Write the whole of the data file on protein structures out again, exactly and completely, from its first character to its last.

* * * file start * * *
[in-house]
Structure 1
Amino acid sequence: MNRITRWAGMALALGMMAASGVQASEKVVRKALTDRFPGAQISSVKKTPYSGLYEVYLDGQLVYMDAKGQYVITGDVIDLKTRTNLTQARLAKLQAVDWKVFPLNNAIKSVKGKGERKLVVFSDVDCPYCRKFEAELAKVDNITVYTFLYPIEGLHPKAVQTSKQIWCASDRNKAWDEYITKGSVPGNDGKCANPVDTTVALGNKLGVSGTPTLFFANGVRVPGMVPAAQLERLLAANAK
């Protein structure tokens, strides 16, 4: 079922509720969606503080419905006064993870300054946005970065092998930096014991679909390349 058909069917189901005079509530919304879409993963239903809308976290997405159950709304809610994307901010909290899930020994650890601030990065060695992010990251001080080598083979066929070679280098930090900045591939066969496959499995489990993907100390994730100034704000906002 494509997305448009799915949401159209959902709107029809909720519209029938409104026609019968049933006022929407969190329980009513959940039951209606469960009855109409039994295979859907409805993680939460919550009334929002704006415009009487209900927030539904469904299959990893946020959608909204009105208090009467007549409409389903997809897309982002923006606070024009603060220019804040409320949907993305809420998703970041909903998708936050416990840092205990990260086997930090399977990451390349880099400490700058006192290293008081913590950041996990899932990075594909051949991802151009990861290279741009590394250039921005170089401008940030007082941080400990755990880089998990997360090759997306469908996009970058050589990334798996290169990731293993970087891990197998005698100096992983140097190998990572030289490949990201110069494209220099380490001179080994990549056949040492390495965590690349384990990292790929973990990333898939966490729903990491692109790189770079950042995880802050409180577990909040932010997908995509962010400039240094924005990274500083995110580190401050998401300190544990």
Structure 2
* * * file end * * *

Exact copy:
[in-house]
Structure 1
Amino acid sequence: MNRITRWAGMALALGMMAASGVQASEKVVRKALTDRFPGAQISSVKKTPYSGLYEVYLDGQLVYMDAKGQYVITGDVIDLKTRTNLTQARLAKLQAVDWKVFPLNNAIKSVKGKGERKLVVFSDVDCPYCRKFEAELAKVDNITVYTFLYPIEGLHPKAVQTSKQIWCASDRNKAWDEYITKGSVPGNDGKCANPVDTTVALGNKLGVSGTPTLFFANGVRVPGMVPAAQLERLLAANAK
């Protein structure tokens, strides 16, 4: 079922509720969606503080419905006064993870300054946005970065092998930096014991679909390349 058909069917189901005079509530919304879409993963239903809308976290997405159950709304809610994307901010909290899930020994650890601030990065060695992010990251001080080598083979066929070679280098930090900045591939066969496959499995489990993907100390994730100034704000906002 494509997305448009799915949401159209959902709107029809909720519209029938409104026609019968049933006022929407969190329980009513959940039951209606469960009855109409039994295979859907409805993680939460919550009334929002704006415009009487209900927030539904469904299959990893946020959608909204009105208090009467007549409409389903997809897309982002923006606070024009603060220019804040409320949907993305809420998703970041909903998708936050416990840092205990990260086997930090399977990451390349880099400490700058006192290293008081913590950041996990899932990075594909051949991802151009990861290279741009590394250039921005170089401008940030007082941080400990755990880089998990997360090759997306469908996009970058050589990334798996290169990731293993970087891990197998005698100096992983140097190998990572030289490949990201110069494209220099380490001179080994990549056949040492390495965590690349384990990292790929973990990333898939966490729903990491692109790189770079950042995880802050409180577990909040932010997908995509962010400039240094924005990274500083995110580190401050998401300190544990």
Structure 2